So we will protect Mr. Gramner. Safety for the cameramen and crew are at your discretion. Should be a do it every day, piece of cake effect. Still it's S.O.P. for me to ask you one question that's in the order of a final safeguard. Was there originally an actor you really felt could have played Frasier in the event that Mr. Gramner was unavailable or... "a handful"? Have to ask. It many times makes a tougher call but I will remind you of 'happy accidents'.

I'm going to ball park a cost for you then come up with a final tally later. I know you have budget concerns but it's a heck of a stunt. Figuring explosives , equipment rented from the studio electrical dept., special costuming from the studio costume dept., crew, overtime, dummy board and console from studio props, studio fire chief standing by, and I figure you'll want to throw in pizza for a hard working S.E. bunch, I think I can bring the whole thing off for you, on the cheap, for about 110 thousand dollars. Again that's if we're not figuring on another take.

Loved the script by the way.

Mr. S.E.


DanMnz said...

And kids on Youtube will do it for free

Mibbitmaker said...

"And that's why you don't do stunt work on 'Breakfast at Tiffany's'!" - if, instead of "Spider", it was J. Walter Weatherman from ARRESTED DEVELOPMENT.

Lemuel said...

There was HOOPER, where stuntman Burt Reynolds has to fly a rocket car across a canyon. He succeeds, then winks at the camera and clocks pesky director Allen Klein. Oh Burt, you devil.

Steve Faul said...

I worked in radio for 20 years. Trust me. Just leave a can of Coke next to the board. It's just a matter of time before you have all the explosions you need. By the way, there's a product placement opportunity here. Just spitballing an idea.

scott said...

Are you putting us on?

scott said...

Are you putting us on?

Mike Bloodworth said...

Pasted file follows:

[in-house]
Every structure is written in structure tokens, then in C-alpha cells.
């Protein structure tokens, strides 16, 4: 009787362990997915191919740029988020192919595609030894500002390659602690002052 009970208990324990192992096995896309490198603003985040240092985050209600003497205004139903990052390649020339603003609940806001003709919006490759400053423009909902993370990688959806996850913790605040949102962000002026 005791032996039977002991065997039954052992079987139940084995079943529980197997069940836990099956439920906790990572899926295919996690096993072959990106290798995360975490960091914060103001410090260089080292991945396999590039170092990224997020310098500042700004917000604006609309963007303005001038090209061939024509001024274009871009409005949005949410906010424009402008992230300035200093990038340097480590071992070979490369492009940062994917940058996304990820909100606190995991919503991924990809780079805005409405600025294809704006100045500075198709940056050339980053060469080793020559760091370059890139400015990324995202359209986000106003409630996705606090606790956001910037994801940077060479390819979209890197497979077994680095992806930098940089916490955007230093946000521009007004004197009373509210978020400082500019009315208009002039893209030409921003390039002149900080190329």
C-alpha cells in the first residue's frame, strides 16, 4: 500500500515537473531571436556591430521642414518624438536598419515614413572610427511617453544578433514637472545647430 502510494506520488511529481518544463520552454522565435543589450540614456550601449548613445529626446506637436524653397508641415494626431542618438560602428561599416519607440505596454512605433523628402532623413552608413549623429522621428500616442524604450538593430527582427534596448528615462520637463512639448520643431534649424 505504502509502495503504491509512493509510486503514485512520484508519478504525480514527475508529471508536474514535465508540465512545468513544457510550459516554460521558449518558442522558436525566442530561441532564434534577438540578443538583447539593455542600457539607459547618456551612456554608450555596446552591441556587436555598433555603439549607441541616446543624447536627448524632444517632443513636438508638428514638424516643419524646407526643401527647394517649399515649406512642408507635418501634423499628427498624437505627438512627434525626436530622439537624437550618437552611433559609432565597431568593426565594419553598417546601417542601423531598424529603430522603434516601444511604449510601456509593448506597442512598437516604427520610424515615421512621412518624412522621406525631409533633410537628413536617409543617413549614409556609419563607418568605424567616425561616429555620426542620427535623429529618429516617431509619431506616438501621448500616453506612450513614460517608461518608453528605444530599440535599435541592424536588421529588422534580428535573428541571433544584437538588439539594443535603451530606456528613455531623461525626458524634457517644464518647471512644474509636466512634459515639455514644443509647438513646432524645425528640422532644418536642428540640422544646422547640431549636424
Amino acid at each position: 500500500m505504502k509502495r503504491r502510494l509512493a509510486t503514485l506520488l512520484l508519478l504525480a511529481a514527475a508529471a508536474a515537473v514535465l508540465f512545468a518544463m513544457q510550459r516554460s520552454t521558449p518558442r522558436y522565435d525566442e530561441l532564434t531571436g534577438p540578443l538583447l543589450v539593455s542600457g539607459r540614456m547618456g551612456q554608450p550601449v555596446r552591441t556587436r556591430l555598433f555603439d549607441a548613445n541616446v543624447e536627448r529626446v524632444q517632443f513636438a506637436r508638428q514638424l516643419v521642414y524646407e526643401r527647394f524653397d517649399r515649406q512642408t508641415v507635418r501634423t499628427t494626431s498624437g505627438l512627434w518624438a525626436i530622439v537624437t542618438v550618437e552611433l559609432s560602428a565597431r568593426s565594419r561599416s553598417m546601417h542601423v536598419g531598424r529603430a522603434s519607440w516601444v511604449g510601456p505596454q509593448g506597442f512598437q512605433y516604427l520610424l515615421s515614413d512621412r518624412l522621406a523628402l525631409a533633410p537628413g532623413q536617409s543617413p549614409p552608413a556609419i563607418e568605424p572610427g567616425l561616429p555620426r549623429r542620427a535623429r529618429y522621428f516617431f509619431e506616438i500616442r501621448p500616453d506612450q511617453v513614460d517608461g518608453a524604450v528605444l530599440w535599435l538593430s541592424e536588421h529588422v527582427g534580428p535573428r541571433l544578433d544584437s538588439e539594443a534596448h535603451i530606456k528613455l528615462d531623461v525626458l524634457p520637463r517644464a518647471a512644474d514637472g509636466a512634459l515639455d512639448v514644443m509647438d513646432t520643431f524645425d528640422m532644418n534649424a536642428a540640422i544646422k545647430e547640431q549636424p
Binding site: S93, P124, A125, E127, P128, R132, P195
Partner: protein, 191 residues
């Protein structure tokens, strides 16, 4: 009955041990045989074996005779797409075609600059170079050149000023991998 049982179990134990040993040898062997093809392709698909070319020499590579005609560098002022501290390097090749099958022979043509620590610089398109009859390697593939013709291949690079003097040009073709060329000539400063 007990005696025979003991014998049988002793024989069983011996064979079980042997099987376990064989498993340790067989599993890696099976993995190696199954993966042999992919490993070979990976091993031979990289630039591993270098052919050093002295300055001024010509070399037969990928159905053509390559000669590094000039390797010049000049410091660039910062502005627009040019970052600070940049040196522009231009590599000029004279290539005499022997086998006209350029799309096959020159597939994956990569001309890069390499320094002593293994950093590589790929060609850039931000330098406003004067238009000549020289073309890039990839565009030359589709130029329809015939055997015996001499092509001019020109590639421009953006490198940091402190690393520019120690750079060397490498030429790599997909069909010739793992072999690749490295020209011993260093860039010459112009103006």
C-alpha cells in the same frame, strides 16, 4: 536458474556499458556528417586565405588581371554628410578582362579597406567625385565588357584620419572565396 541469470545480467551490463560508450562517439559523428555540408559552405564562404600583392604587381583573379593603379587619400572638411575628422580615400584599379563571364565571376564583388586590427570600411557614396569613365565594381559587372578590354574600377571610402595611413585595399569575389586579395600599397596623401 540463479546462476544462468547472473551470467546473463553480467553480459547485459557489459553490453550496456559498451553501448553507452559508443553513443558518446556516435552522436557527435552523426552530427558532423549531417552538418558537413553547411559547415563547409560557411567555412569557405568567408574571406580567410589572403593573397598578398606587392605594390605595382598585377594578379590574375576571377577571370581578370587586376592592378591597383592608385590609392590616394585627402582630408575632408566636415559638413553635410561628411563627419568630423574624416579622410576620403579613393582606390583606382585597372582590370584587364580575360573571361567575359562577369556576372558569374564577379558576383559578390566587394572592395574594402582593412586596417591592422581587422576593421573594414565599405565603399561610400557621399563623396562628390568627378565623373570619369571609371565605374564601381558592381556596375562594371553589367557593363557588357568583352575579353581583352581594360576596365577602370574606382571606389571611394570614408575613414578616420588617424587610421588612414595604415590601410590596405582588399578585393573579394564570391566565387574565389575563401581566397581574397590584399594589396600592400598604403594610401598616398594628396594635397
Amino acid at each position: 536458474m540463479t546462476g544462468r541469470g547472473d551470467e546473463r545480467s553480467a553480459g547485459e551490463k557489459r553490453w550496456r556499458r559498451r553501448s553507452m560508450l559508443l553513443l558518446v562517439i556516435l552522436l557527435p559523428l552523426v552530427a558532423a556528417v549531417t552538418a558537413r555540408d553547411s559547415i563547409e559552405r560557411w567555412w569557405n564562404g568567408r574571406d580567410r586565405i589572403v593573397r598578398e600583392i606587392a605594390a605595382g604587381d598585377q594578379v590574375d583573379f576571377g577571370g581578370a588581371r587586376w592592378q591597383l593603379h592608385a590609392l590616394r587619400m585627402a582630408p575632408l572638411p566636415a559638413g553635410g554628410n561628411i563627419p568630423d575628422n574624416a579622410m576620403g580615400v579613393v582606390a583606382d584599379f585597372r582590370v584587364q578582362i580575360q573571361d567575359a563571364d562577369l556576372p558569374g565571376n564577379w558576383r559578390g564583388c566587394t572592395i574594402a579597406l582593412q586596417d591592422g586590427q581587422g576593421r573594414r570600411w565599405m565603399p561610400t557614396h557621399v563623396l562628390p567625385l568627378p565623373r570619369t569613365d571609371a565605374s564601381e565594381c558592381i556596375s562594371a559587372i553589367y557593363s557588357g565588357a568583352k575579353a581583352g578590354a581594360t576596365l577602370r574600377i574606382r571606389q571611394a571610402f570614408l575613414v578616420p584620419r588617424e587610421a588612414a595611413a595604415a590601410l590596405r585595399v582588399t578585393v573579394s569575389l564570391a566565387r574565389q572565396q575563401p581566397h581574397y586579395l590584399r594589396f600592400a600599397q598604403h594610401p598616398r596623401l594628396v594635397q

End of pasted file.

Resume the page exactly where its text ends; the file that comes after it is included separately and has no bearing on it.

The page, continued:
I asked this as an F.Q. a couple of months ago. But it's worth repeating. Do you have any real life examples of being discouraged or even prohibited from writing and/or producing an episode because the cost?


iamr4man said...

Many years ago I witnessed the filming of a stunt for the TV show Police Story. The scene involved a car chase wherein a car would come roaring down a hill and crash into another car in the intersection. The thing took basically the entire day. Lots of standing around, talking, getting cameras ready. Catering trucks, people running around with clip boards. Finally after waiting around for hours the big scene was filmed. The car came down the hill at about 20 mph and crashed into a parked car. When it was done everyone applauded, and the stunt man driver came out of the car smiling. I’d seen more exciting crashes just driving about.
When the show aired I noted that the film had been speeded up to make the crash seem more exciting. The scene lasted just a few seconds. God knows what it cost.
When you live in LA you have a lot of opportunities to watch movies being made. This experience made me avoid such opportunities.

SummitCityScribe said...

"That and feeling responsible for Yakima Canutt losing a testicle on "How the West was Won" haunted my father till he fell to his death rigging Mr. Demetrious 'George' Savalas for a jump off the Brooklyn Bridge in 'Kojak."

As Kenny Bana would say, That's gold, Jerry! Gold!

Wendy M. Grossman said...

HOOPER was really fun - a celebration of stunts and the people who do them.


Anthony Adams said...

I know nobody asked, what's happening but Joe Buck is killing it.

Necco said...

I find no humor in this. It's just pointless. What did I miss?

NFL News said...

That's really sarcastic and amazing. I wish you post regularly.